A federal judge sentenced a prominent Chicago chef to prison for one year and one day Friday, the Chicago-Sun Times is reporting.
Chinatown restaurateur Tony Hu, accused of wire fraud and money laundering, pleaded guilty last May in U.S. District Court.
The feds charged the local celebrity chef with underreporting restaurant receipts paid in cash. Hu is expected to pay more than $1 million in restitution to the Illinois Department of Revenue.
The 49-year-old Hu, who has owned Chinese restaurants across the city and at the Palms Casino Resort in Las Vegas, has been a political player in Chicago for years. Known as the unofficial “mayor of Chinatown,” his restaurants were festooned with photographs of him with celebrities and politicians.
Hu was appointed by Mayor Rahm Emanuel to the Commission on Chicago Landmarks but is no longer on it. He was named to the Asian Americans for Rauner Coalition as Bruce Rauner ran for governor.
The feds say that Hu withheld sales taxes from the Illinois Department of Revenue when customers paid cash. Hu would then deposit that money into his personal bank account. The alleged illegal activity occurred between January 2010 and September 2014, according to the criminal information filed against Hu.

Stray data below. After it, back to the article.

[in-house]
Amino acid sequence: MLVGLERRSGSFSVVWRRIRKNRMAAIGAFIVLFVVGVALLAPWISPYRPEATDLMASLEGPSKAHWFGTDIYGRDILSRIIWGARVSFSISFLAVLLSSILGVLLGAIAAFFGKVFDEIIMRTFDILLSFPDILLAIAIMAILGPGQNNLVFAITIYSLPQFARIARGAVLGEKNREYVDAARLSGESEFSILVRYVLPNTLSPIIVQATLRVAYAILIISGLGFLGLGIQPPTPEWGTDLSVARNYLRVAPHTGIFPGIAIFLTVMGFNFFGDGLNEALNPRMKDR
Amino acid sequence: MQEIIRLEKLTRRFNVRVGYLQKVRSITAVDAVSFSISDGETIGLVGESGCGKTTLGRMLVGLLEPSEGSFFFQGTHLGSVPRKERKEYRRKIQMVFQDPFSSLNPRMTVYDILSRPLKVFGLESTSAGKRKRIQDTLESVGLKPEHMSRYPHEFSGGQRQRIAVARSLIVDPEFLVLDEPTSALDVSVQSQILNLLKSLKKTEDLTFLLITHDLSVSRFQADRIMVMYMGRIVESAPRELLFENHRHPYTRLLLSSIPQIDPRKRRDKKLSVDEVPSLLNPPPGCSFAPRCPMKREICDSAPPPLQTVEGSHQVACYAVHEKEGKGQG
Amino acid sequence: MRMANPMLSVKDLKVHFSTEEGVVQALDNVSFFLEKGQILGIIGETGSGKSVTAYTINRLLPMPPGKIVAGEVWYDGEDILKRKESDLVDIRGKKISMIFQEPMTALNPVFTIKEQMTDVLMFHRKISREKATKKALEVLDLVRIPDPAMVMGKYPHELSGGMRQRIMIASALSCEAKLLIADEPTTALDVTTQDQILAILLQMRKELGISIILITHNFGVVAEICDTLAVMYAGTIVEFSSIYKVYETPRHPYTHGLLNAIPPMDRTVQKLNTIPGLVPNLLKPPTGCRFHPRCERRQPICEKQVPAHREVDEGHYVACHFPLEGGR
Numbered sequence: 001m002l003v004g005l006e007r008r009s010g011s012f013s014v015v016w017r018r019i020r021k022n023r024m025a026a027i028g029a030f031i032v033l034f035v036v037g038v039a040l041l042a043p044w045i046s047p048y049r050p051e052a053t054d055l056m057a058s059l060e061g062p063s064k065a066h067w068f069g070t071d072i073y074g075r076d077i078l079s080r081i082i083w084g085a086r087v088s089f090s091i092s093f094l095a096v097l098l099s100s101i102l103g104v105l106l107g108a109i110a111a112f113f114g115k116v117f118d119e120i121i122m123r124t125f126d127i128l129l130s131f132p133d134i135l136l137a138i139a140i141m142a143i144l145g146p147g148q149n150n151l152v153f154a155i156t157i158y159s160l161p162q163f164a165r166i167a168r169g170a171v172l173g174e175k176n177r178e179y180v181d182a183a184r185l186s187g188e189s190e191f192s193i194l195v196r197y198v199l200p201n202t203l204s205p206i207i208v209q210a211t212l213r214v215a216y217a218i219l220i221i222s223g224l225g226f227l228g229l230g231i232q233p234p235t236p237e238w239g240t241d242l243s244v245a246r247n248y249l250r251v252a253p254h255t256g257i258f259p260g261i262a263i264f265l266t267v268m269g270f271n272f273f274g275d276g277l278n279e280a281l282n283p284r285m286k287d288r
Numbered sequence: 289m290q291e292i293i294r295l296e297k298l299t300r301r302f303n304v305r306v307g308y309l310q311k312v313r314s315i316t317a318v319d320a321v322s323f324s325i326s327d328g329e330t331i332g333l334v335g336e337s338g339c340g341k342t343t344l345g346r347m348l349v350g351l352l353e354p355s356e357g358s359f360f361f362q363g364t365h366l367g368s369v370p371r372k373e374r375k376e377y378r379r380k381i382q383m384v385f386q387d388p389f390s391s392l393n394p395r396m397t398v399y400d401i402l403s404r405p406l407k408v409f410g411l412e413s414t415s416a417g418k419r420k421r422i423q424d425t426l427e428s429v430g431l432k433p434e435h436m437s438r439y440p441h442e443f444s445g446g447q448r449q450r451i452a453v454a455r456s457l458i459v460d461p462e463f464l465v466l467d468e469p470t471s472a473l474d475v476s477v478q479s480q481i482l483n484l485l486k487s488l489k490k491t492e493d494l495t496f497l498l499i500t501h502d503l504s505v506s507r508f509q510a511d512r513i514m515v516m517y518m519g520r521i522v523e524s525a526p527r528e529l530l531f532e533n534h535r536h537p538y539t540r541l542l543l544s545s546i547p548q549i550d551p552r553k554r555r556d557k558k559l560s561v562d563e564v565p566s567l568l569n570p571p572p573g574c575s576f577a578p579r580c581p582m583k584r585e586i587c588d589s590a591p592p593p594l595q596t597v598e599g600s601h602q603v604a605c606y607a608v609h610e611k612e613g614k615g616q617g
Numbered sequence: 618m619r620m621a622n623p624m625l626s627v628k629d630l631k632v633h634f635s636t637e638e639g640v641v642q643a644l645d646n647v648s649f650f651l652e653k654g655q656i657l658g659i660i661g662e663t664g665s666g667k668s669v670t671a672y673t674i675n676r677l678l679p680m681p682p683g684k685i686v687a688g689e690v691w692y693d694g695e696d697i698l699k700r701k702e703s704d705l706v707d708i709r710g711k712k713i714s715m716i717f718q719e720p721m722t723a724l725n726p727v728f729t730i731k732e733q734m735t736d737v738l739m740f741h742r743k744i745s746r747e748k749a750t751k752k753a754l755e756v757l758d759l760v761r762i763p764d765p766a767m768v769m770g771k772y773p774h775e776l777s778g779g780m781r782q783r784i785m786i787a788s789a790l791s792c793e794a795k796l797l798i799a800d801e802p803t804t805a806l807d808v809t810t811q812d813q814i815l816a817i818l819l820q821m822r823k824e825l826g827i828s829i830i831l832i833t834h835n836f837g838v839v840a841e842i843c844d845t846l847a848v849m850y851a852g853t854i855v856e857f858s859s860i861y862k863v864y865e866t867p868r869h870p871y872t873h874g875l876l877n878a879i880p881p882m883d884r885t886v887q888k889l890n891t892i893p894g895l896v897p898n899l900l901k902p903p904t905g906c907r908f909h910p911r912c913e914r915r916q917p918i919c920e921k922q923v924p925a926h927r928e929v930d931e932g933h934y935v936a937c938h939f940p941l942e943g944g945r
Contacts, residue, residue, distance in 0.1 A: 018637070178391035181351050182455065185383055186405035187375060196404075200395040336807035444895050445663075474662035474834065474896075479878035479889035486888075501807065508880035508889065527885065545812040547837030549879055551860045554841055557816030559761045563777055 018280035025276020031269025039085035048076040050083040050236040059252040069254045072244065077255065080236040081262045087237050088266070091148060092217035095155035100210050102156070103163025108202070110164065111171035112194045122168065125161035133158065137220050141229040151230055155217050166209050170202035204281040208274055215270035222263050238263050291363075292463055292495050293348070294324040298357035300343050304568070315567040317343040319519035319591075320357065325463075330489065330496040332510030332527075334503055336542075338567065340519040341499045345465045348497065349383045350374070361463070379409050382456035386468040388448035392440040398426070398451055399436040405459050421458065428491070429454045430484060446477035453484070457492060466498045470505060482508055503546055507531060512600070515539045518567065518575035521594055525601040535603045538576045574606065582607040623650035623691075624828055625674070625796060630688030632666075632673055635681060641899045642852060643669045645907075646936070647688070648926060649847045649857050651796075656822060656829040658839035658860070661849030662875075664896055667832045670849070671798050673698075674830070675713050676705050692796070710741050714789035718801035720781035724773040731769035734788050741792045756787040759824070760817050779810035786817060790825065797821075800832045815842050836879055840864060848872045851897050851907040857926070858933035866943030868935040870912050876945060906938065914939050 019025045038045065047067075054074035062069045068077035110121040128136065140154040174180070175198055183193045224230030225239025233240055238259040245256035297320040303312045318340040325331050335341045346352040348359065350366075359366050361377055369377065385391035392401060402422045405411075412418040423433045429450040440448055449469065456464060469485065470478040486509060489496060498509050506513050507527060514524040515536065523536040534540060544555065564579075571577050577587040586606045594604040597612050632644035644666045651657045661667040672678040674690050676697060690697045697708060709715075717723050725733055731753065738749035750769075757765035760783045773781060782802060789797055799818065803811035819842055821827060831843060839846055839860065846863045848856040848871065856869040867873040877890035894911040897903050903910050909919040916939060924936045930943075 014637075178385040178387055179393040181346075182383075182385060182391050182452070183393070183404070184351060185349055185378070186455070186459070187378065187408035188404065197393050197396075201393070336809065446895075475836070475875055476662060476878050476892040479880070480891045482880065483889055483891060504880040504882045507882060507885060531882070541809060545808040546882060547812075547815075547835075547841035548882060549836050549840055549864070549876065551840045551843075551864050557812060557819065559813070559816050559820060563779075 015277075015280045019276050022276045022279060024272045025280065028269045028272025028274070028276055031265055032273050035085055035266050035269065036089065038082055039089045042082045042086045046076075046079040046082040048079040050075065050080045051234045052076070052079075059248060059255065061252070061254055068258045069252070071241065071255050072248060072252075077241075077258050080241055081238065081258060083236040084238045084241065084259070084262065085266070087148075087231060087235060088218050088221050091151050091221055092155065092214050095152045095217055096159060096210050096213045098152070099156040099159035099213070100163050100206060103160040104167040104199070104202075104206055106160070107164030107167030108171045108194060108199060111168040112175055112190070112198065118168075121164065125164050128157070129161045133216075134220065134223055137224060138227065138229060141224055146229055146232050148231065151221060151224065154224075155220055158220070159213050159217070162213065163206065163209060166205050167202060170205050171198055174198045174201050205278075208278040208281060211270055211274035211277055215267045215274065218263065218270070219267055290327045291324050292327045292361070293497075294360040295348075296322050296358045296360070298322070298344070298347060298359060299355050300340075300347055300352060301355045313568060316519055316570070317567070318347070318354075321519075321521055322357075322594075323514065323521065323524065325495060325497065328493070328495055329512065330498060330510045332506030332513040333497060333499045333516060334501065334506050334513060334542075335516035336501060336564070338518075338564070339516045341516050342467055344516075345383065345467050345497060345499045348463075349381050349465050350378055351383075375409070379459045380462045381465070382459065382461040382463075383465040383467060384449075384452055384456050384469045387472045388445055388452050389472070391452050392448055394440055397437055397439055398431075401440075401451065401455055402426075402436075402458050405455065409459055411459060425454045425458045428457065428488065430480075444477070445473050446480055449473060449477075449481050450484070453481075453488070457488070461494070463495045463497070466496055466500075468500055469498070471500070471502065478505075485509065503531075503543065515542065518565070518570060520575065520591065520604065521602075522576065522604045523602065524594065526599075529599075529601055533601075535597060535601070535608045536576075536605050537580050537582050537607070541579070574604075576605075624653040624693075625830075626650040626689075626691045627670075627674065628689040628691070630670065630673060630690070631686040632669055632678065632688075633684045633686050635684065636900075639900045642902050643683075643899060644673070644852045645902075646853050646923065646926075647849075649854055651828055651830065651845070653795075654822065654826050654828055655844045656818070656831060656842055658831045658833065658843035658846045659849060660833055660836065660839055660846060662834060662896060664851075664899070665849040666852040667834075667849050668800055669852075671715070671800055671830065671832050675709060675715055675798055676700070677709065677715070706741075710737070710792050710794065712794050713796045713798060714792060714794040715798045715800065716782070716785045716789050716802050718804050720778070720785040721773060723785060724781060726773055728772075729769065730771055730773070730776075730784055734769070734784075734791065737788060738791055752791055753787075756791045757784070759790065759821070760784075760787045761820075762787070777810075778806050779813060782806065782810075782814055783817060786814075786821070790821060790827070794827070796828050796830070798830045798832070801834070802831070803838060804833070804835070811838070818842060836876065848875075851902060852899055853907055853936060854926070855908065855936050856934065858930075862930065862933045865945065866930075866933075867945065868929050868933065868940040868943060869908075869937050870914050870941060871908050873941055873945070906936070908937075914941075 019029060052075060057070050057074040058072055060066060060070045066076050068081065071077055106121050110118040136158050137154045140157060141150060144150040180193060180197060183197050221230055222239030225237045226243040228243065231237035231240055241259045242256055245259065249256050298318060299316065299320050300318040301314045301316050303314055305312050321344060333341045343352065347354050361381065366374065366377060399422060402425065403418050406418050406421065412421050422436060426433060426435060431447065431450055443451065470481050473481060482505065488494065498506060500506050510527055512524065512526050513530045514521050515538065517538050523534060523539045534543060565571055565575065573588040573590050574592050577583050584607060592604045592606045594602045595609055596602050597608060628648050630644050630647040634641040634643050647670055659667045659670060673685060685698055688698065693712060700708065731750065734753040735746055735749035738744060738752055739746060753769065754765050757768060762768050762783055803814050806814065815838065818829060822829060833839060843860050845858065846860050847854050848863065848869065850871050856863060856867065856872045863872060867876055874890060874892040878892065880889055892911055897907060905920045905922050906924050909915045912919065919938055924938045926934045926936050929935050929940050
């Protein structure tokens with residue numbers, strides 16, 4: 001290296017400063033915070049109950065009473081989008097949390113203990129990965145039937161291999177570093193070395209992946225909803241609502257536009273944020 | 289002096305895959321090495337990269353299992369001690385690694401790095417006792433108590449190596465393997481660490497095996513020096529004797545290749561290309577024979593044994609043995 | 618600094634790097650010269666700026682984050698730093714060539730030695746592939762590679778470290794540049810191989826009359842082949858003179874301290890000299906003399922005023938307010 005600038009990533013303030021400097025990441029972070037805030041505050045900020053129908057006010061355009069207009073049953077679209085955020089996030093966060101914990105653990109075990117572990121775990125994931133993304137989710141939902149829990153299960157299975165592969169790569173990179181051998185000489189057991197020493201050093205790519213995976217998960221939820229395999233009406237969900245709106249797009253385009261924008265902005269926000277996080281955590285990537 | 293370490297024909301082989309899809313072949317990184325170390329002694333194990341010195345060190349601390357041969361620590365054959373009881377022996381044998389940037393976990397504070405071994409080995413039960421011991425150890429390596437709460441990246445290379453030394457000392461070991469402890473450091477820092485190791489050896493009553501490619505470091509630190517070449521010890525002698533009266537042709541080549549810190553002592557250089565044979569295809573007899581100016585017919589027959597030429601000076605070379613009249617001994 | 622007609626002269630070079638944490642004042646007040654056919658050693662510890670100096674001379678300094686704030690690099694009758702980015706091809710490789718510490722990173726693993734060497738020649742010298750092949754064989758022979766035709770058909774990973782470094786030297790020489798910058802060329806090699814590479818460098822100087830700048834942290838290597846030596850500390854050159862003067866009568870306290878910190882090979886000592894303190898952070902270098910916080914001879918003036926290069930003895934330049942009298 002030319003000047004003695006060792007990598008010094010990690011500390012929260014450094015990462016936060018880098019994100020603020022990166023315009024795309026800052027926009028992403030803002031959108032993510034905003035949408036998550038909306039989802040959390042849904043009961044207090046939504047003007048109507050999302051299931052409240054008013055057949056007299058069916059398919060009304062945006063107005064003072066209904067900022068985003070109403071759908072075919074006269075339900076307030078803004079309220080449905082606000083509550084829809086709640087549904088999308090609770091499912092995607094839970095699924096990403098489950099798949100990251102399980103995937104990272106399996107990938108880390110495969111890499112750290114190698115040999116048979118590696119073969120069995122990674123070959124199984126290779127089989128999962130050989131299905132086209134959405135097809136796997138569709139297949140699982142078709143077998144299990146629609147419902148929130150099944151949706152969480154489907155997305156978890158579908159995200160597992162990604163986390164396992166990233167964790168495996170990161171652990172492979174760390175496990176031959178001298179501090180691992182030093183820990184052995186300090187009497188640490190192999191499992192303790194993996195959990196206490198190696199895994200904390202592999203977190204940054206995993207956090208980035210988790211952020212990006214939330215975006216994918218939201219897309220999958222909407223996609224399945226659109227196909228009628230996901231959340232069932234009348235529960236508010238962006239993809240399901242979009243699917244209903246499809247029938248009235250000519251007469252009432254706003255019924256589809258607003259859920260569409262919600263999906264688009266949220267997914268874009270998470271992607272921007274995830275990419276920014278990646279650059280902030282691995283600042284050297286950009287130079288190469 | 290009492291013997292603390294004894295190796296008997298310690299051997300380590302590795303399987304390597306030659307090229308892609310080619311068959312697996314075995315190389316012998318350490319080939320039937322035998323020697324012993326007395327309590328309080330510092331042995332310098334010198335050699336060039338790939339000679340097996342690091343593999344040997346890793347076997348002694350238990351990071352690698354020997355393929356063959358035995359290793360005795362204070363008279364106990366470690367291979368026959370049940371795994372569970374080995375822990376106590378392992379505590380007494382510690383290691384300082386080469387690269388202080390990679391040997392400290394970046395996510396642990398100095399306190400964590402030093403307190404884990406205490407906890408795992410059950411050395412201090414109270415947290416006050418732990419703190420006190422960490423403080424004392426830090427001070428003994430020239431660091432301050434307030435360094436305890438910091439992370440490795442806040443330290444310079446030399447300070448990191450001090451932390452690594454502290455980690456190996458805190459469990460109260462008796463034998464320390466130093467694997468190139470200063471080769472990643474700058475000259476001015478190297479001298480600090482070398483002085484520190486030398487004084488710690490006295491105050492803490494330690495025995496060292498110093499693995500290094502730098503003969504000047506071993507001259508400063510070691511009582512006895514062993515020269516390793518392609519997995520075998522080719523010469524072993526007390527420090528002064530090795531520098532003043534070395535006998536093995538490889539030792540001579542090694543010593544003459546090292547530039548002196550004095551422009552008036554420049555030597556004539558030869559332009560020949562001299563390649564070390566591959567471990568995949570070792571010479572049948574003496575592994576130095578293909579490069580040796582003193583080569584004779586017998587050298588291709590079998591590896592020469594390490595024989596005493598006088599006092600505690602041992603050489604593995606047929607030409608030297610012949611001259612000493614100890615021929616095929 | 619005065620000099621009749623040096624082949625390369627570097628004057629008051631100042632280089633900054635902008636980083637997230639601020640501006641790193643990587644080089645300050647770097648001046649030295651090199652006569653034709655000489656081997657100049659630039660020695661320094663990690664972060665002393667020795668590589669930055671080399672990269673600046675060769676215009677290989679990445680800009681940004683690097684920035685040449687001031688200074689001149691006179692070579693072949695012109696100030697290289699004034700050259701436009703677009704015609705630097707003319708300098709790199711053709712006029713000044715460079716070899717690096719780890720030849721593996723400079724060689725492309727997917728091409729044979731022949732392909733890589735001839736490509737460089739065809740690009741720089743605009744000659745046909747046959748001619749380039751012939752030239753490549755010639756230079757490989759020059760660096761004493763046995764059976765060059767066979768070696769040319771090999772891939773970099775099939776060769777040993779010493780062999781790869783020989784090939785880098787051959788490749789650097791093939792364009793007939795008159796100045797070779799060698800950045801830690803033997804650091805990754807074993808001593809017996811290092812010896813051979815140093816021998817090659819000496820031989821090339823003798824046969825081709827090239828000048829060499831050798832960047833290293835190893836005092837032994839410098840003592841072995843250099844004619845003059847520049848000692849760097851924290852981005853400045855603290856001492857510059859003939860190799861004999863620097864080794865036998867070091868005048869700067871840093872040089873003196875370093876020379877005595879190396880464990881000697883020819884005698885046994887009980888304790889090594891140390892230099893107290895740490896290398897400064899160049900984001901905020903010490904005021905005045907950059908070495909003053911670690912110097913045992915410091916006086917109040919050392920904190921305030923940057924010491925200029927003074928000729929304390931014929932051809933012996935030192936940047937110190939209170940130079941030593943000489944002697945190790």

The withheld cash was then allegedly used to pay the restaurants’ employees and suppliers, without recording those expenses in the restaurants’ books and records.
The Sun-Times first reported that the feds raided nine of Hu’s restaurants and his South Michigan Avenue condo in October 2014 because they believed he was cheating on his taxes.
The FBI targeted Hu’s locations in Chinatown, Uptown and Downer’s Grove in its raid, records show.
Before raiding the restaurants, the feds tailed Hu in his black Mercedes-Benz as he drove to Chinatown from his condo, according to a search warrant application. FBI agents also dined at Hu’s restaurants more than a year before the raid to get a closer look at its computer systems and standard receipts, the records show.
Agents also scoured bank records and emails documenting the restaurants’ sales, determining the numbers they found often didn’t match the amounts submitted on the restaurants’ tax forms.